'Matter of Laugh or Death,' the award-winning humor column
By Bill Dunn
Interesting observations on this thing we call life
(appearing each week in the Republican-American newspaper, Waterbury, CT)
CHRISTMAS SPIRIT STILL ALIVE IN CYNICAL AGE
Maybe the Christmas spirit isn’t quite dead yet. Although we live in a cynical, self-centered culture these days, every once in a while something happens to show that there’s still a little goodness and decency left in the world.
It all began recently at the Sunday night Bible study class I attend at a local parish. One of the members of our group is the sweetest elderly woman you’d ever want to meet. I’m not going to mention her age because, frankly, I not sure how old she is (but I bet she could’ve voted for Franklin Roosevelt—or at least Harry Truman). And I’m definitely not going to mention her name because she’s so modest and humble she’d probably be embarrassed that someone made a fuss over her in the newspaper.
Anyway, our study group was sitting around a table in the combination church hall/cafeteria building. The tile floor had been waxed recently and was kind of slick. When it was time to take a break, this woman got up from the table, using the back of her metal folding chair for support. The chair promptly skidded out from under her on the slippery floor, and she went down as if she was hit with a left hook from George Foreman. The side of her head hit the tile floor with a sickening thud. The whole group gasped in horror and for a fleeting moment some of us thought we’d have to come back to the church the next day for a funeral.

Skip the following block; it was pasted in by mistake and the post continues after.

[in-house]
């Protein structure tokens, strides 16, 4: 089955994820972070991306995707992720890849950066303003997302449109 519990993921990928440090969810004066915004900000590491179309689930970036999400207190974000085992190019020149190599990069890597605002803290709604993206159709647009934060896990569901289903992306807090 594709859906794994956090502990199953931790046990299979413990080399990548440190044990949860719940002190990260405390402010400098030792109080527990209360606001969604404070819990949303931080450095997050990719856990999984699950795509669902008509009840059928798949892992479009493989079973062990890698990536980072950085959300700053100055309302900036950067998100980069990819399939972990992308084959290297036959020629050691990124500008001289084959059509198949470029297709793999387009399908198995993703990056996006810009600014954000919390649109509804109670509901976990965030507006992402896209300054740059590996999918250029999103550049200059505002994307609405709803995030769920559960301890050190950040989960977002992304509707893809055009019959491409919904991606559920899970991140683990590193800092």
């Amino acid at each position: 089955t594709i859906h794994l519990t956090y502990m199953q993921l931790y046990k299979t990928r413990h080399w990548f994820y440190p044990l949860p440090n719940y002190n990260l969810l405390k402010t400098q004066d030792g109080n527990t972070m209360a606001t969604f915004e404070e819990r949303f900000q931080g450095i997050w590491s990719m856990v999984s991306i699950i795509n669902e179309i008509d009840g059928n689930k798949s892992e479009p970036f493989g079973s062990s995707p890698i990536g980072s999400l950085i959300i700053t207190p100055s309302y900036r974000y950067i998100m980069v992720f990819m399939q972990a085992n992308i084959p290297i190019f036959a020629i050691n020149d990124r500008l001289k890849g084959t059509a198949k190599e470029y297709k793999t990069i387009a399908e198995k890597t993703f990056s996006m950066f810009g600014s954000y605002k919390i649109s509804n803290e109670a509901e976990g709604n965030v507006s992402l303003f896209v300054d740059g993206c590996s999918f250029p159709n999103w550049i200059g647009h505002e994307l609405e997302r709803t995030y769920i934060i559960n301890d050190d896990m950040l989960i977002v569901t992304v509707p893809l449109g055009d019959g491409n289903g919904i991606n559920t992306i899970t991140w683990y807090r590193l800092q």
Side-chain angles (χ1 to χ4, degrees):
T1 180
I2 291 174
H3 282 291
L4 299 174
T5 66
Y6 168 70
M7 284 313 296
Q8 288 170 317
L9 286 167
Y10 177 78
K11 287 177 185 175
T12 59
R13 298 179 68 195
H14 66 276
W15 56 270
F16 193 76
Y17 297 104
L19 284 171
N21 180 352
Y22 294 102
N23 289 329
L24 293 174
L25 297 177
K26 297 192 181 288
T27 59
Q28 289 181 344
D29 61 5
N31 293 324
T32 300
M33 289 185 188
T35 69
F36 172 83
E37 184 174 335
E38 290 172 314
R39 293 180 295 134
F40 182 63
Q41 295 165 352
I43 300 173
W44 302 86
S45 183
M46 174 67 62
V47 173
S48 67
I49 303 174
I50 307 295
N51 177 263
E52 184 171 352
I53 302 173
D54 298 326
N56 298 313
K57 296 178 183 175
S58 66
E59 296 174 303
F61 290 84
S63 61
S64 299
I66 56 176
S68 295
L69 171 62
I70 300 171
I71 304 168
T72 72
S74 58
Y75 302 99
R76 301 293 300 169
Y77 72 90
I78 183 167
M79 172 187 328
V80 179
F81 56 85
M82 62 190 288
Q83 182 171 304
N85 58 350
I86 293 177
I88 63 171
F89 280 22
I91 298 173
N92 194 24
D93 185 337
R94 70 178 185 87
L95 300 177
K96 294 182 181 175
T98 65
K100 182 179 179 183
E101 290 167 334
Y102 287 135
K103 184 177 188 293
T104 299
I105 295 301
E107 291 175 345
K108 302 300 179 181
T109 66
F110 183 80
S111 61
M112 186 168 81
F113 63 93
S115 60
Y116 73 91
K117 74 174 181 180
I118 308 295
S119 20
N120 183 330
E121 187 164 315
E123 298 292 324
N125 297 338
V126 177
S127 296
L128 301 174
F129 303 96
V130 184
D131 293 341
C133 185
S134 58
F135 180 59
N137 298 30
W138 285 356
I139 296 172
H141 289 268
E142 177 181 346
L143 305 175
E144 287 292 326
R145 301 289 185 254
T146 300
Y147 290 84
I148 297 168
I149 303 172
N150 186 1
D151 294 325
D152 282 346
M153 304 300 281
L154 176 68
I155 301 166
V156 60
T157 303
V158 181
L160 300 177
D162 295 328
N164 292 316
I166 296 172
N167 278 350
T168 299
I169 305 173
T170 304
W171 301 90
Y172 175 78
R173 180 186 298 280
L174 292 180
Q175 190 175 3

She was a little dazed and in a fair amount of pain. We slowly got her back up and sat her on a chair. The bump on the side of her head was already growing. At this point, I sprang into action, using all the emergency medical training I’ve received over the years from watching doctor and hospital programs on TV. I went into the kitchen to find some ice.
Unfortunately, there was no ice. I did locate a 20-pound bag of frozen Tater Tots in a deep freezer, but if there’s one clear message promoted by all the doctor and hospital TV programs each week, it’s never put a 20-pound bag of frozen Tater Tots on the head of a senior citizen. (With anyone under age 60, of course, it’s perfectly fine.)
Instead, I grabbed a handful of ice cream bars and fudge-sicles, and we took turns holding them against the side of her head to keep the swelling down. Thankfully, she was not seriously injured (“Good thing I have a thick skull,” she kept saying), and thankfully the ice cream bars were wrapped tightly and didn’t leak all over the place as they melted against her head.
For most people in our culture, the next logical step would have been to call the lawyer with the most garish photo of an ambulance in his Yellow Pages ad, and then sue the pants off the church and anyone even remotely connected with our small group, including, presumable, the Author of the book we were studying. But the next time I saw this woman, she called me aside and handed me an envelope. Inside was a five-dollar bill.
“What’s this for?” I asked.
She replied, “For the ice cream bars. I feel bad that I ruined them. They’re suppose to be for the school children’s dessert.”
Now, I know for a fact that this woman and her husband are not the kind of senior citizens who spend their Social Security checks each month on diamond-encrusted collars for their poodles. To them five bucks is still a lot of money.
And I also know for a fact that the charity and selflessness in her sweet heart comes from the Author of the book we study, the One whose birth we celebrate in a few days.
So, thank you very much, Dorothy (oops, I mentioned her name!) for such a wonderful gesture of love. Thank you for showing me that the Christmas spirit is still alive.
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